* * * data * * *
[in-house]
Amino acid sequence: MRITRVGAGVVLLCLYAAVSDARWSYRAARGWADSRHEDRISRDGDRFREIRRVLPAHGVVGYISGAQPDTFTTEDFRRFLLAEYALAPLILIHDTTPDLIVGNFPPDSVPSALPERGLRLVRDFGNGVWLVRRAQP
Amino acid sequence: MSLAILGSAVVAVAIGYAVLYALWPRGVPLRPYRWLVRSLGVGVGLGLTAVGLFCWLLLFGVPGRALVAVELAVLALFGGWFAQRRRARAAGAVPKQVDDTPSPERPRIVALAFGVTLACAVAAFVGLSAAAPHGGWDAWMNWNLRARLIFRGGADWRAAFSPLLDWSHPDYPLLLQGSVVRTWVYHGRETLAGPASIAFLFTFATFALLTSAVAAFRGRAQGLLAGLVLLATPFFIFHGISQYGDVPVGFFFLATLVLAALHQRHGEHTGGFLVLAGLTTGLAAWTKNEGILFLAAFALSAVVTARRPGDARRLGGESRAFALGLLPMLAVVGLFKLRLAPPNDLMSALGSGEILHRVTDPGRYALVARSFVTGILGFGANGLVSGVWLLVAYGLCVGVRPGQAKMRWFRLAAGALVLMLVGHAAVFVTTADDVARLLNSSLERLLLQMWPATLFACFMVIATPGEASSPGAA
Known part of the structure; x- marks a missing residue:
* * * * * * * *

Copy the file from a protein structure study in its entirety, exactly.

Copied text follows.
[in-house]
Amino acid sequence: MRITRVGAGVVLLCLYAAVSDARWSYRAARGWADSRHEDRISRDGDRFREIRRVLPAHGVVGYISGAQPDTFTTEDFRRFLLAEYALAPLILIHDTTPDLIVGNFPPDSVPSALPERGLRLVRDFGNGVWLVRRAQP
Amino acid sequence: MSLAILGSAVVAVAIGYAVLYALWPRGVPLRPYRWLVRSLGVGVGLGLTAVGLFCWLLLFGVPGRALVAVELAVLALFGGWFAQRRRARAAGAVPKQVDDTPSPERPRIVALAFGVTLACAVAAFVGLSAAAPHGGWDAWMNWNLRARLIFRGGADWRAAFSPLLDWSHPDYPLLLQGSVVRTWVYHGRETLAGPASIAFLFTFATFALLTSAVAAFRGRAQGLLAGLVLLATPFFIFHGISQYGDVPVGFFFLATLVLAALHQRHGEHTGGFLVLAGLTTGLAAWTKNEGILFLAAFALSAVVTARRPGDARRLGGESRAFALGLLPMLAVVGLFKLRLAPPNDLMSALGSGEILHRVTDPGRYALVARSFVTGILGFGANGLVSGVWLLVAYGLCVGVRPGQAKMRWFRLAAGALVLMLVGHAAVFVTTADDVARLLNSSLERLLLQMWPATLFACFMVIATPGEASSPGAA
Known part of the structure; x- marks a missing residue: